Can a convicted sex offender be a good father?
At least one person -- a judge, no less -- says yes. In a child custody case that has left many observers shaking their heads, Oklahoma County Judge Howard Haralson awarded custody of a 6-year-old girl to her father, 55-year-old registered sex offender Nicholas Elizondo of Bakersfield.
"I don't understand why the judge gave him custody," said the child's mother, Lisa Knight, who lives in Oklahoma. Neither do a lot of other people.
In 1995, Elizondo was a parole officer and married to another woman who had a 6-year-old daughter. According to Kern County Superior Court records, the then-wife found Elizondo lying in bed one night with her daughter, who was wide awake. The child had her panties pulled down to her ankles.
I'll skip the disturbing accounts described in the case file. But Elizondo was charged with nine felony counts of lewd or lascivious acts with a child under 14, one count of continuous sexual abuse of a child and another of exhibiting harmful matter to a minor.
Elizondo pleaded no contest to one felony count of lewd or lascivious acts and the rest of the charges were dismissed.
"I want you to know that I take full responsibility for my actions and I believe punishment is appropriate," Elizondo told the court before sentencing. The ex-parole officer was given six years in state prison. He served a little more than four years.
Years later, Elizondo married Knight and continued living in Bakersfield. The marriage didn't work out and in January 2007, Knight moved to Oklahoma. One month later, Knight gave birth to their daughter with mother and child continously living in Oklahoma since then.
The marriage ended in divorce, Knight was given custody of the daughter and Elizondo was given at least one 30-minute Internet conference visit with the child each week, according to Oklahoma County court records.
Elizondo gradually got more time to spend with his daughter; he would drive to Oklahoma to visit her. He filed for custody, accusing Knight of refusing him Internet visitation. After a lengthy legal battle, Haralson awarded custody to Elizondo in June. The question everyone is asking, of course, is why?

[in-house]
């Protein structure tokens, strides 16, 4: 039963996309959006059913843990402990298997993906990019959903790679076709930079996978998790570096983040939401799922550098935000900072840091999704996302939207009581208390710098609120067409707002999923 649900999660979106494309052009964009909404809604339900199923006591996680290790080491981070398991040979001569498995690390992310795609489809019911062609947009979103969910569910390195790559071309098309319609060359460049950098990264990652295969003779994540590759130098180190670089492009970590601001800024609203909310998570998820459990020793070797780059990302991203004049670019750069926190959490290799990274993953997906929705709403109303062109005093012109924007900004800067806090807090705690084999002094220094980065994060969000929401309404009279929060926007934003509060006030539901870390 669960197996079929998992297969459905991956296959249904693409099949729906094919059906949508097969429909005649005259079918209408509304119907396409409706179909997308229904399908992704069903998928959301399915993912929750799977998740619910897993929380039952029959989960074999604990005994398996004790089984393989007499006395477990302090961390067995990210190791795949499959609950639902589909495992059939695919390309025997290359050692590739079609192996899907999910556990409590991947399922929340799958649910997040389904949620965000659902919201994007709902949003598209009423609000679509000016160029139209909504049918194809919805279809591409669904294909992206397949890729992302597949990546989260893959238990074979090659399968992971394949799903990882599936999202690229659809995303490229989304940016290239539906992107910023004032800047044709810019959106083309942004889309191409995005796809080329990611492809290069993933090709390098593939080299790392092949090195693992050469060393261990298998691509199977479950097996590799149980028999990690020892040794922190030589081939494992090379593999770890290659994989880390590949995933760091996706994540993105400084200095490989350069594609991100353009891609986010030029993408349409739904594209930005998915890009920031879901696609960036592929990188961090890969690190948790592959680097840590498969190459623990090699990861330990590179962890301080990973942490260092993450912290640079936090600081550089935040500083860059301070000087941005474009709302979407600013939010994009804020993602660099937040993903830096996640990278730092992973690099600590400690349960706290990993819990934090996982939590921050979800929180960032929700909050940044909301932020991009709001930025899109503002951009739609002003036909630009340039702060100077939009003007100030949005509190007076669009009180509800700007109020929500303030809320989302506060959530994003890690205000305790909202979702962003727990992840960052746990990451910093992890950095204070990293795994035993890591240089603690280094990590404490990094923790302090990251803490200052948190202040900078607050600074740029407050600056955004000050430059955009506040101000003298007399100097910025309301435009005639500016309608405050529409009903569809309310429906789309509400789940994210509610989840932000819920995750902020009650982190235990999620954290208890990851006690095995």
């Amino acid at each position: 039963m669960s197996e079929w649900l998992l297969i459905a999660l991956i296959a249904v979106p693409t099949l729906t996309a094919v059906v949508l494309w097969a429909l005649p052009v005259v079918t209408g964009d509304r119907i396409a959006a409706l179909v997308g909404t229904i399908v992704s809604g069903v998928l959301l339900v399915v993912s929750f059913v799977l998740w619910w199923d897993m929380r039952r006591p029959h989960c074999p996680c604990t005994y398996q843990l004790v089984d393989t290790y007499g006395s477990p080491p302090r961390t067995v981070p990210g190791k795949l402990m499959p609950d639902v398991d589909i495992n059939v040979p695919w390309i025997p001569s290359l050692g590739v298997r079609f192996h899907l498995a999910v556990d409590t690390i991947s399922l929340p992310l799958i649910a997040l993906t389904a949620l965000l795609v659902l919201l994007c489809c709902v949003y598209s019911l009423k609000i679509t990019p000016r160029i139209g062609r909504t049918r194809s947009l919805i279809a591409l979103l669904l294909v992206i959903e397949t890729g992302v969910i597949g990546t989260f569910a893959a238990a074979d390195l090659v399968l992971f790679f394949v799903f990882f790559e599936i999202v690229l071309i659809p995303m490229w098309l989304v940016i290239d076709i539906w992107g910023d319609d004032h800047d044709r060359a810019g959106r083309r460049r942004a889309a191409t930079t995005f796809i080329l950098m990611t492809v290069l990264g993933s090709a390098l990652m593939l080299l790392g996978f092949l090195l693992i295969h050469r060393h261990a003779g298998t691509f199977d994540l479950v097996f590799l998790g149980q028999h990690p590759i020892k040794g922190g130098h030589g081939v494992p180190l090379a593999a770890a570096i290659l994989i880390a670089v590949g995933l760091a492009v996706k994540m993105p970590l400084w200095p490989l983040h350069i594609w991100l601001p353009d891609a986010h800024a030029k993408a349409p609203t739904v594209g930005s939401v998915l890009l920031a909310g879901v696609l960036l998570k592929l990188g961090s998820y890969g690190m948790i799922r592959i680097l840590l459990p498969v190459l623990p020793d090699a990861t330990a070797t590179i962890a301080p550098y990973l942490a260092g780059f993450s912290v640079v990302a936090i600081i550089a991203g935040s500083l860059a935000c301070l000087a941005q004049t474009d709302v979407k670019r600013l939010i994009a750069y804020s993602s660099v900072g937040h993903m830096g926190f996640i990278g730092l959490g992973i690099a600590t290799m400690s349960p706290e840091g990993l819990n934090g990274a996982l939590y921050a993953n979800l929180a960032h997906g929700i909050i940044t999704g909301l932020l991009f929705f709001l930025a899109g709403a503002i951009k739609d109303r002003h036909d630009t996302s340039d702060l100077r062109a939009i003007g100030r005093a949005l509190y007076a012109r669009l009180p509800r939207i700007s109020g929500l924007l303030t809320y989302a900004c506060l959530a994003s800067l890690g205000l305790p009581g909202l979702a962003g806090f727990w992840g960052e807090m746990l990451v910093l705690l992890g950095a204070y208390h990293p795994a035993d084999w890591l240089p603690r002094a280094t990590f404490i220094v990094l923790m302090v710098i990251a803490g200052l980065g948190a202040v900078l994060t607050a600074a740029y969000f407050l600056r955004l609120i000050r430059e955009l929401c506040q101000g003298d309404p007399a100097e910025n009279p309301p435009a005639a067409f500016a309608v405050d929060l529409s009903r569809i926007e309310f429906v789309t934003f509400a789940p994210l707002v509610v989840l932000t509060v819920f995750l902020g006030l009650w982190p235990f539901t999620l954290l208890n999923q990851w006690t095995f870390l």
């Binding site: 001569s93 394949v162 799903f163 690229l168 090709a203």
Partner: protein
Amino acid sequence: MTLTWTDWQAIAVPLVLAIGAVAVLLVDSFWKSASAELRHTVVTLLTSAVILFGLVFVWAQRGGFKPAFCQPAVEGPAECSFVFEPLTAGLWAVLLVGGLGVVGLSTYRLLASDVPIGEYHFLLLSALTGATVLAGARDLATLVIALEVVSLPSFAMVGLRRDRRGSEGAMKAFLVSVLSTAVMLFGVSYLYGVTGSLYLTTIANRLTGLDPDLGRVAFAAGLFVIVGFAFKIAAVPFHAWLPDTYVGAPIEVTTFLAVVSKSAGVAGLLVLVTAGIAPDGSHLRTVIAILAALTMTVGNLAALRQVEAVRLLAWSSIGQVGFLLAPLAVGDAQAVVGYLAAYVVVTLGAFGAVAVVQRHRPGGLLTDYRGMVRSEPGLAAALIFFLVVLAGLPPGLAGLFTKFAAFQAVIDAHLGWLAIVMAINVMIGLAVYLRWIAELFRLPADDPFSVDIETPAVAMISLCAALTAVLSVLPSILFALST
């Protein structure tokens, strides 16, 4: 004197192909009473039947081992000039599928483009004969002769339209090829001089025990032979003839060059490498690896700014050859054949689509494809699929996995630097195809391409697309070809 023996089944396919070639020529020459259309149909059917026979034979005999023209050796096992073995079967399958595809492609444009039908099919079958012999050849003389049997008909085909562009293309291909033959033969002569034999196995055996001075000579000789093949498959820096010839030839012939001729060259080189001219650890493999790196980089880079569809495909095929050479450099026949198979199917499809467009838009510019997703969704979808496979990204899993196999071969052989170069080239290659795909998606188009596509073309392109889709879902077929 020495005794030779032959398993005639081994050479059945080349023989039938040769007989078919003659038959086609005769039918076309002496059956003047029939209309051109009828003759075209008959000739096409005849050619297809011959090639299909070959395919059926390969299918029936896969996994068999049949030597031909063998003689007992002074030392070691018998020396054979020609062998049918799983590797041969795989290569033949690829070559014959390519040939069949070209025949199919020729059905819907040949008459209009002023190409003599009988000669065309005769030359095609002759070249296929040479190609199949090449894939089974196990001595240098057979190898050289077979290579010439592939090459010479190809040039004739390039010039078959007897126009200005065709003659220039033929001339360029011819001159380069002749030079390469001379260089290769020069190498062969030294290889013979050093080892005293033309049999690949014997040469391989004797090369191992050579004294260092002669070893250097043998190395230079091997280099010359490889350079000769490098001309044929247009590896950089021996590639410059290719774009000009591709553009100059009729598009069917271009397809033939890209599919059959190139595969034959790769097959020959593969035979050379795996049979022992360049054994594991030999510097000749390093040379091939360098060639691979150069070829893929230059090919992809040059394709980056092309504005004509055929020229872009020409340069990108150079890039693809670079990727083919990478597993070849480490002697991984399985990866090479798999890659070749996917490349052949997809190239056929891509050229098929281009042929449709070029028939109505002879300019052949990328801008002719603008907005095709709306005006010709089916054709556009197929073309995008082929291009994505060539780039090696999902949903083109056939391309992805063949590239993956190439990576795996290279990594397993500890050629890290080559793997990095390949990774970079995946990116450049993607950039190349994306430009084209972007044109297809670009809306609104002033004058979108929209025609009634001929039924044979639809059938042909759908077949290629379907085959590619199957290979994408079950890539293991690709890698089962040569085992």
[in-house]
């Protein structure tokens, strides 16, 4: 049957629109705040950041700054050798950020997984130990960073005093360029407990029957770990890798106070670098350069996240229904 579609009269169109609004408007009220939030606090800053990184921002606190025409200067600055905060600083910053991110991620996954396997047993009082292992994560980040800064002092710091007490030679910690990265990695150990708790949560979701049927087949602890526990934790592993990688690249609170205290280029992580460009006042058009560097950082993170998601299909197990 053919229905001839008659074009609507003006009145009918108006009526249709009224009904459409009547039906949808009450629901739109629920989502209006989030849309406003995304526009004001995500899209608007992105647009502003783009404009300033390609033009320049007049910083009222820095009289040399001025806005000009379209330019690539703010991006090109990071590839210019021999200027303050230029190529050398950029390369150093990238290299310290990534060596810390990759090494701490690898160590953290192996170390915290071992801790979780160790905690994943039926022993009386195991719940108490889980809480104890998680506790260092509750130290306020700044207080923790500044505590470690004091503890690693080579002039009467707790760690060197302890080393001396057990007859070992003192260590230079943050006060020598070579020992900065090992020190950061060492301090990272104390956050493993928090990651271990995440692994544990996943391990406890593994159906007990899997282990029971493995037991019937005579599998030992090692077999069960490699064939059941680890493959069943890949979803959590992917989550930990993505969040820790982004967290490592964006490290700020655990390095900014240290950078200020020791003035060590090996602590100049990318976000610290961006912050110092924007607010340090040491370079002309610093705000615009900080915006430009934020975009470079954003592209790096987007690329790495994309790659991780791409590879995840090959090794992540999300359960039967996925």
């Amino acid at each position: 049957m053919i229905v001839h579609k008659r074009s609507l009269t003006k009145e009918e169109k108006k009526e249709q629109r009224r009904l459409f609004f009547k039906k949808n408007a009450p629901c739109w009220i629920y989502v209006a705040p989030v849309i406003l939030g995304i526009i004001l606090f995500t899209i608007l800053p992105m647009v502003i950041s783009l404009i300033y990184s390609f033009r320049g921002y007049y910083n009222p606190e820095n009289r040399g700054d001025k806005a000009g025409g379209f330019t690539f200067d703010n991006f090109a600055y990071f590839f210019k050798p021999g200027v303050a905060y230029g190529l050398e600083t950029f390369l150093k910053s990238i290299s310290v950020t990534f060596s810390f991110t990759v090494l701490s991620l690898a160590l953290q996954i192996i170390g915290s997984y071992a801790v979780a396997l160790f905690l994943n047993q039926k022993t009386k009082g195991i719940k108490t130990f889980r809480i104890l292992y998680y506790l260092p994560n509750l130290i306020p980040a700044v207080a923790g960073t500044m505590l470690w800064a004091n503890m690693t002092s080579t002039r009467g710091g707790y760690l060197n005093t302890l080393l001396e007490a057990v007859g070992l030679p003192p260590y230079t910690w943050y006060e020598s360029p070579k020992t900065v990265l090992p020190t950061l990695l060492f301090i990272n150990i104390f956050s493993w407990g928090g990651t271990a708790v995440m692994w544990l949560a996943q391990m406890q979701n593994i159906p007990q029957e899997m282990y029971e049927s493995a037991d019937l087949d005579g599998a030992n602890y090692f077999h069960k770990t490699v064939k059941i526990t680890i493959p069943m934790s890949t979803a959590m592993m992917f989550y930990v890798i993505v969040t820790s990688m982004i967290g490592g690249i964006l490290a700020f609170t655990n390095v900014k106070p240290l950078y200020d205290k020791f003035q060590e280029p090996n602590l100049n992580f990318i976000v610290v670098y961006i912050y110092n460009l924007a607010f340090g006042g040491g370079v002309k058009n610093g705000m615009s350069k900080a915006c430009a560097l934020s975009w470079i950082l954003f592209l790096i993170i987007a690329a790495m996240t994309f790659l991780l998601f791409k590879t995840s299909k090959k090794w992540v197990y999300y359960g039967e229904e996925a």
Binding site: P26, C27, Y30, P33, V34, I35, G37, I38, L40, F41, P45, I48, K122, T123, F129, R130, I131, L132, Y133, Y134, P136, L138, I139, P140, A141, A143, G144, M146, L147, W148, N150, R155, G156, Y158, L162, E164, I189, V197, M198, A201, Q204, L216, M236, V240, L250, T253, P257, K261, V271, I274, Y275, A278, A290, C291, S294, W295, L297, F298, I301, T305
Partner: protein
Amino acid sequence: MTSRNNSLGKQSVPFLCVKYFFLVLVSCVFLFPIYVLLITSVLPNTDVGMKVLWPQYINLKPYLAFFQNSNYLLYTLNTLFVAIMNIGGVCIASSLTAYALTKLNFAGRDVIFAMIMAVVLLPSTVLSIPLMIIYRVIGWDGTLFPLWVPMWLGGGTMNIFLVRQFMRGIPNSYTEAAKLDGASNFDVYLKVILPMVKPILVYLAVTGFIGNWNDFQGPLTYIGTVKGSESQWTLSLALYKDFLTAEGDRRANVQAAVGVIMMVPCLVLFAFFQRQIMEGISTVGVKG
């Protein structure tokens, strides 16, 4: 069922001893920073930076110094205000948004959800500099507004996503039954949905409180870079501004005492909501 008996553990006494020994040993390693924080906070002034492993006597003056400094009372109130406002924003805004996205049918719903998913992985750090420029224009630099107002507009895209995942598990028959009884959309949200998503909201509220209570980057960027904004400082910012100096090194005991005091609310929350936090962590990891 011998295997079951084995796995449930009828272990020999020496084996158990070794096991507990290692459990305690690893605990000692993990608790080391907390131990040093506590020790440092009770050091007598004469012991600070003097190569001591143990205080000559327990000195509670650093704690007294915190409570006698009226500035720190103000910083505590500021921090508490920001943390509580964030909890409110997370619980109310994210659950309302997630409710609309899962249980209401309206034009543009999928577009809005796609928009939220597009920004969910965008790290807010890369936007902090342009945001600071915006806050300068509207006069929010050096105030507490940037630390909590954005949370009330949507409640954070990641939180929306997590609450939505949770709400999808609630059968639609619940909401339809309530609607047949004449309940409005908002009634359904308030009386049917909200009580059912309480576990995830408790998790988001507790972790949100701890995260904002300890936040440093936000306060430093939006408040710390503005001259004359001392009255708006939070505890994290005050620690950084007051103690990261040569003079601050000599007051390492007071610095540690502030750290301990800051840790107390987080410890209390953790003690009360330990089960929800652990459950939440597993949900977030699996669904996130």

"There's nothing prohibiting (a judge) from giving custody, but it certainly is unusual," said Kern County Assistant District Attorney Scott Spielman. "You would think that there would be a great deal of weight given to a person that actually was charged and convicted and went to prison for molesting a child under 14."
The prosecutor who handled the case was current Kern County District Attorney Lisa Green. She is not aware of a judge anywhere, at least not in Kern County, ever awarding custody of a child to a registered sex offender.
"One can only hope the judge in Oklahoma did a psychological report on this case," said Green.
Granted I am not a lawyer, but I assume judges don't normally place children in the same home as a sex offender.
"Unless the mother was totally drugged out or found to be unfit, a child is not given to a registered sex offender," said family law attorney Marcos Camacho.
Knight denies being an unfit mother and is appealing the ruling. She believes part of the reason the judge ruled the way he did is because she is disabled, hard of hearing and poor.
So what might have influenced Judge Haralson to award custody to Elizondo? During the custody hearing, the 6-year-old child Elizondo admitted to molesting in 1995 testified on his behalf. The now-23-year-old recanted her story of being sexually abused by Elizondo.
According to court records, the 23-year-old said she was pressured into giving false statements to police out of fear of being punished by her mother. Moreover, the 23-year-old told the court she moved in with Elizondo when she turned 18, lived with him for a while and that nothing inappropriate has ever happened.
For his part, Elizondo says he never molested his stepdaughter. He pleaded no contest to the charge in 1995, he said, because this was right after the infamous "witch hunt" trials in which numerous people were wrongly convicted of child abuse in Kern County.
Scores of people were sentenced to lengthy prison terms, but have since been freed when their cases were overturned.
I called the office of Judge Haralson in Oklahoma City, hoping to hear directly from him about his decision in this case.
No dice. He's not talking, said the court clerk. Why not?
"It's still a pending matter," she said.
Jose Gaspar is a reporter for "KBAK/KBFX Eyewitness News" and a contributing columnist for The Californian. These are Gaspar's opinions, not necessarily The Californian's. Email him at email@example.com.